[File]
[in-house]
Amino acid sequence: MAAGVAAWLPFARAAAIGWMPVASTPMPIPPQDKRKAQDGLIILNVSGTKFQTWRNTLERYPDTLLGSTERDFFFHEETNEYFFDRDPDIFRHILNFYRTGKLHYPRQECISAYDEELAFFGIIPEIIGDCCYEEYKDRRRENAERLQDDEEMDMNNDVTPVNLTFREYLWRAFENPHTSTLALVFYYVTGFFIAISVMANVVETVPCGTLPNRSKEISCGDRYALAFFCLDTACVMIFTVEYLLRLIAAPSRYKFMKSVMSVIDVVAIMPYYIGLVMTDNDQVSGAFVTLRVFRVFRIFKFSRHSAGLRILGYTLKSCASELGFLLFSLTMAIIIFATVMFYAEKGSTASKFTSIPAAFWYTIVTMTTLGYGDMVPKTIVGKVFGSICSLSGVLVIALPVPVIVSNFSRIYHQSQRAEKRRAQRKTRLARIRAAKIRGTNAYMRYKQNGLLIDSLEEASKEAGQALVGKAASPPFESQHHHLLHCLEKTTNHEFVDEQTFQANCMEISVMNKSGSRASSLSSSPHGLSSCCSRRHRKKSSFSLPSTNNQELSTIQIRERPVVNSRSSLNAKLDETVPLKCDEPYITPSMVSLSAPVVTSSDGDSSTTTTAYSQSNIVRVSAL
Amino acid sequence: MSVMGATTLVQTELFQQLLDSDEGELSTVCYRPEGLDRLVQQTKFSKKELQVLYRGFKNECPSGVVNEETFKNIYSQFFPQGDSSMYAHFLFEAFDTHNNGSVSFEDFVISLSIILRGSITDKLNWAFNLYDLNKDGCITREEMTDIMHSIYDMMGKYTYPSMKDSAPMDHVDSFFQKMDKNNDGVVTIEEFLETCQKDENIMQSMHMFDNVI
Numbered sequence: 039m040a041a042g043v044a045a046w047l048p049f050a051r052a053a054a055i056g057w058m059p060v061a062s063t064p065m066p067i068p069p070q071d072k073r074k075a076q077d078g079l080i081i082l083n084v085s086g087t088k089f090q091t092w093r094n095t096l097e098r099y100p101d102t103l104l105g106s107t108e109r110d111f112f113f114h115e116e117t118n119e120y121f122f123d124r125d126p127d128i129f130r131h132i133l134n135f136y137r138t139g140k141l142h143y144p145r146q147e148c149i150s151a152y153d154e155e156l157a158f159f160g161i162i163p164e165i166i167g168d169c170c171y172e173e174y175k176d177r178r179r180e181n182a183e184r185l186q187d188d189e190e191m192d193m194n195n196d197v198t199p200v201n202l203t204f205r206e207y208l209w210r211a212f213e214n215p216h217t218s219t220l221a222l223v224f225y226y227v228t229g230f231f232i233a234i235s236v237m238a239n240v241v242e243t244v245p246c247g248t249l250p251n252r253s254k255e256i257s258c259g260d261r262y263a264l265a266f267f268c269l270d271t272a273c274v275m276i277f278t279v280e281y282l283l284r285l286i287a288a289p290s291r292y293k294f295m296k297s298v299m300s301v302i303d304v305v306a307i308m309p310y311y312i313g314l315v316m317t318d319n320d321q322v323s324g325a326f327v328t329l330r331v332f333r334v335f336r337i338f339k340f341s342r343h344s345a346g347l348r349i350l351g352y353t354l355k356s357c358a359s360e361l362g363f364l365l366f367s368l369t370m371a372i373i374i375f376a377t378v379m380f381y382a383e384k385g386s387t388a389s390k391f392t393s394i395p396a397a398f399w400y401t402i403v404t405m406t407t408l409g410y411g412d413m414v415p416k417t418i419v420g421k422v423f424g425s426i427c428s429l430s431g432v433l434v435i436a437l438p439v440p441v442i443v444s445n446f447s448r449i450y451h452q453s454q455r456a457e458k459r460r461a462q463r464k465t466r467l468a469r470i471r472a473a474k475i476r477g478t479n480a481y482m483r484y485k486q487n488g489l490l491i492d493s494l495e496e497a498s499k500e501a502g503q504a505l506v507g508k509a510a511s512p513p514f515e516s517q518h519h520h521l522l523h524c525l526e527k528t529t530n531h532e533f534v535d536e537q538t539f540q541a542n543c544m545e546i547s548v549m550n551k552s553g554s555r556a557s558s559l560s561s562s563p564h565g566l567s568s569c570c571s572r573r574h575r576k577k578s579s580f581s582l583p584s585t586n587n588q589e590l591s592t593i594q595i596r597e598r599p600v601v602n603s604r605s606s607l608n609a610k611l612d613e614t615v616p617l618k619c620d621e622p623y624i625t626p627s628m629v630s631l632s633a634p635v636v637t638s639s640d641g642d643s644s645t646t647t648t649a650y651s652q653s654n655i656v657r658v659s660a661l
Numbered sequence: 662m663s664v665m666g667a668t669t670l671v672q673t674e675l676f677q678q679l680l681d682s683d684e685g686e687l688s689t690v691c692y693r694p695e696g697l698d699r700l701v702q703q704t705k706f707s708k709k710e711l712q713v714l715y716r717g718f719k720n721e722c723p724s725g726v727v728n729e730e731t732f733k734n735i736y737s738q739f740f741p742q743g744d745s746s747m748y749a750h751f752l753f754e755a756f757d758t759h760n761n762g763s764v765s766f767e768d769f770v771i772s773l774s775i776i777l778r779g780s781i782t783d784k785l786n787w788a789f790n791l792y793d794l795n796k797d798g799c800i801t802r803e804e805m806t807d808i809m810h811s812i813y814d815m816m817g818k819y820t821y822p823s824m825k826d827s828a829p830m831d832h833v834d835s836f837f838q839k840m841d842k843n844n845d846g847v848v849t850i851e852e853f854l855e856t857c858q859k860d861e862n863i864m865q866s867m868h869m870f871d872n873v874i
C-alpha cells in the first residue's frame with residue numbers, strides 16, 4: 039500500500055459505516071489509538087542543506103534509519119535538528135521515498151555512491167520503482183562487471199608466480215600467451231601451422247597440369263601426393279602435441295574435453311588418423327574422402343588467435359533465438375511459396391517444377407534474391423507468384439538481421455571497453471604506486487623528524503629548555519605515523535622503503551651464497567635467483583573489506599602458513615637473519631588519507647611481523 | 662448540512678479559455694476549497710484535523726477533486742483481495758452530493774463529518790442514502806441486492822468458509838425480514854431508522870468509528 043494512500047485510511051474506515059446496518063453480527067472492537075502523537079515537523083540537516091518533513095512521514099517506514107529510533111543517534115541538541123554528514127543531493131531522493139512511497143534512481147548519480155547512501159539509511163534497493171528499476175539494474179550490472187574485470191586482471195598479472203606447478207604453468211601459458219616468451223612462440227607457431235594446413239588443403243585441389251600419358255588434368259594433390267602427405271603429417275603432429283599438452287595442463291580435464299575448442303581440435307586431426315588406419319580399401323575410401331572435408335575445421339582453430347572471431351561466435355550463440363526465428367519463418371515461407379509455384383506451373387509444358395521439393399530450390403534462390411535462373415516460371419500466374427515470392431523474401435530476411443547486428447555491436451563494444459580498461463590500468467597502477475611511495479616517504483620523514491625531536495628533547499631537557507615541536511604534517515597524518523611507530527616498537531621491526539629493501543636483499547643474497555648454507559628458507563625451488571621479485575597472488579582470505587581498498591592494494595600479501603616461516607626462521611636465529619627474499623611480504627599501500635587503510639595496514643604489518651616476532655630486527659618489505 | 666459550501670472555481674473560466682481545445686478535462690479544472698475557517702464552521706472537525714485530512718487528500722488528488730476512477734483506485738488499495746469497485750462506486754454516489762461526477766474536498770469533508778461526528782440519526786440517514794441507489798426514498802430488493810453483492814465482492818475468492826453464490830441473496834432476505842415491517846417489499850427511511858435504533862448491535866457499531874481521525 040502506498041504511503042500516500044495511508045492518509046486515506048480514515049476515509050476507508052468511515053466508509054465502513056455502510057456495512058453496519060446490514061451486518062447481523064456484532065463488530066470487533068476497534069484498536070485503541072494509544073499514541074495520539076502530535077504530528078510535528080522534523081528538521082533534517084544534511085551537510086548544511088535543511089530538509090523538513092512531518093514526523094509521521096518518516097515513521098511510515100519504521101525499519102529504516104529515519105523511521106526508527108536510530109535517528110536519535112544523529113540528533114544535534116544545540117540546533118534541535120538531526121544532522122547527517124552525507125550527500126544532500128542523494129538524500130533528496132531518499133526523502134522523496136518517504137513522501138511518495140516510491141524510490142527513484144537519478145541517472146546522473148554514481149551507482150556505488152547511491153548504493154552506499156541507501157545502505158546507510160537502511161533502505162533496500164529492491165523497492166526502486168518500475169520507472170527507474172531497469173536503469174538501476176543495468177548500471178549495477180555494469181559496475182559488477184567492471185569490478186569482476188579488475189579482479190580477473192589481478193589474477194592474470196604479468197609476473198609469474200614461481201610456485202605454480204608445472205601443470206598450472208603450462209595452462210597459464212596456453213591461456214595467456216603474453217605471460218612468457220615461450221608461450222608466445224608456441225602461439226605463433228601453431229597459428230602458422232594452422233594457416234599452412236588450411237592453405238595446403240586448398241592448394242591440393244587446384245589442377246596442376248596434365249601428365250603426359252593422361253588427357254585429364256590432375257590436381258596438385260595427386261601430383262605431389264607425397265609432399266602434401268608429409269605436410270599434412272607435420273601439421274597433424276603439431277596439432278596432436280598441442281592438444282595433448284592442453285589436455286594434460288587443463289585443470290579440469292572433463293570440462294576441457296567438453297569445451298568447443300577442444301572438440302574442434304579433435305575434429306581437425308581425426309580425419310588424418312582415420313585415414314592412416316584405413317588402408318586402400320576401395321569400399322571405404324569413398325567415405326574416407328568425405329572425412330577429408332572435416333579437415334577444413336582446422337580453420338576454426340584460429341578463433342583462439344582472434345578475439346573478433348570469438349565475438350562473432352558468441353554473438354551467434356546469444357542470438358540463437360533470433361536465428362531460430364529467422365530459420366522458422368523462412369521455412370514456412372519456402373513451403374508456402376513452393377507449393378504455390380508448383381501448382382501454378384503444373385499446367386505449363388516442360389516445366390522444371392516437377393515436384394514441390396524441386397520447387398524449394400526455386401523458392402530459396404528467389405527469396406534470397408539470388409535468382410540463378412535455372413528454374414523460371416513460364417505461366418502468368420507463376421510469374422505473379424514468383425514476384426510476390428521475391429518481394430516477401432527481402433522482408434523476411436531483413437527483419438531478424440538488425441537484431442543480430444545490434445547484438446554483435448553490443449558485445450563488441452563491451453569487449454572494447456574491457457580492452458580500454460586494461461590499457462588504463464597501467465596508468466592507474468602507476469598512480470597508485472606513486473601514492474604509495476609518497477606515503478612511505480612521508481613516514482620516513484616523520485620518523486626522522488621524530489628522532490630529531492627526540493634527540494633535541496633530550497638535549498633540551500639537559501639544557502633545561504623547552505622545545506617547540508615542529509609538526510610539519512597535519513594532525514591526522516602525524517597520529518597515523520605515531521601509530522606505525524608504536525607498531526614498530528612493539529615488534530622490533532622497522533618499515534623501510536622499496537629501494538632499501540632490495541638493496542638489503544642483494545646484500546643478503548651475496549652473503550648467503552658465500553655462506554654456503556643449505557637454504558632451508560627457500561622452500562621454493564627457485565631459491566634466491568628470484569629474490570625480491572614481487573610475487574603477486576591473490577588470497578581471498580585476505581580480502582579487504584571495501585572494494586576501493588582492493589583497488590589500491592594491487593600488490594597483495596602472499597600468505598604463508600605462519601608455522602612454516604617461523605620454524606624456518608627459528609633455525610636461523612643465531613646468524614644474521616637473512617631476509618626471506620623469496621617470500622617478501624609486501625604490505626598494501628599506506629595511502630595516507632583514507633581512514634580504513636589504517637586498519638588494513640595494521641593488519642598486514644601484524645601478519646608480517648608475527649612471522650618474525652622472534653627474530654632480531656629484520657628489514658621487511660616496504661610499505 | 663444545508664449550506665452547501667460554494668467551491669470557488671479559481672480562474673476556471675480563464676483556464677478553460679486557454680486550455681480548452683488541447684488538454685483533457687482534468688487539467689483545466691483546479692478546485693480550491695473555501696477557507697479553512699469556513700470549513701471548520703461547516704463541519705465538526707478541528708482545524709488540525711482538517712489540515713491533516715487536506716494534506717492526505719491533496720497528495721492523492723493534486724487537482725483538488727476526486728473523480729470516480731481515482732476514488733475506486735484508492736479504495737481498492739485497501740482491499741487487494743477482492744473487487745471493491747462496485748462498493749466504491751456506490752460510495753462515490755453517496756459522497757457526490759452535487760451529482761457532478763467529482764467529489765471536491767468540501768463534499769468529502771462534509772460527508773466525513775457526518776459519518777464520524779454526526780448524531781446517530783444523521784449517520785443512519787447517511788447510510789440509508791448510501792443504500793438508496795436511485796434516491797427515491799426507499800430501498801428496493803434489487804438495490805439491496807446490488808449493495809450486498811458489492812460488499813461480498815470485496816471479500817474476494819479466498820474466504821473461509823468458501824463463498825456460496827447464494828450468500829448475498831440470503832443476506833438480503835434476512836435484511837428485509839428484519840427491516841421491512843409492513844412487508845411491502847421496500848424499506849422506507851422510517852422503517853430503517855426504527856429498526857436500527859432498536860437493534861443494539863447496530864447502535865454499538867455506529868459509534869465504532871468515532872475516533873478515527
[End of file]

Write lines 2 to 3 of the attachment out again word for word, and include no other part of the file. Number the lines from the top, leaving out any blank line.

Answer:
Amino acid sequence: MAAGVAAWLPFARAAAIGWMPVASTPMPIPPQDKRKAQDGLIILNVSGTKFQTWRNTLERYPDTLLGSTERDFFFHEETNEYFFDRDPDIFRHILNFYRTGKLHYPRQECISAYDEELAFFGIIPEIIGDCCYEEYKDRRRENAERLQDDEEMDMNNDVTPVNLTFREYLWRAFENPHTSTLALVFYYVTGFFIAISVMANVVETVPCGTLPNRSKEISCGDRYALAFFCLDTACVMIFTVEYLLRLIAAPSRYKFMKSVMSVIDVVAIMPYYIGLVMTDNDQVSGAFVTLRVFRVFRIFKFSRHSAGLRILGYTLKSCASELGFLLFSLTMAIIIFATVMFYAEKGSTASKFTSIPAAFWYTIVTMTTLGYGDMVPKTIVGKVFGSICSLSGVLVIALPVPVIVSNFSRIYHQSQRAEKRRAQRKTRLARIRAAKIRGTNAYMRYKQNGLLIDSLEEASKEAGQALVGKAASPPFESQHHHLLHCLEKTTNHEFVDEQTFQANCMEISVMNKSGSRASSLSSSPHGLSSCCSRRHRKKSSFSLPSTNNQELSTIQIRERPVVNSRSSLNAKLDETVPLKCDEPYITPSMVSLSAPVVTSSDGDSSTTTTAYSQSNIVRVSAL
Amino acid sequence: MSVMGATTLVQTELFQQLLDSDEGELSTVCYRPEGLDRLVQQTKFSKKELQVLYRGFKNECPSGVVNEETFKNIYSQFFPQGDSSMYAHFLFEAFDTHNNGSVSFEDFVISLSIILRGSITDKLNWAFNLYDLNKDGCITREEMTDIMHSIYDMMGKYTYPSMKDSAPMDHVDSFFQKMDKNNDGVVTIEEFLETCQKDENIMQSMHMFDNVI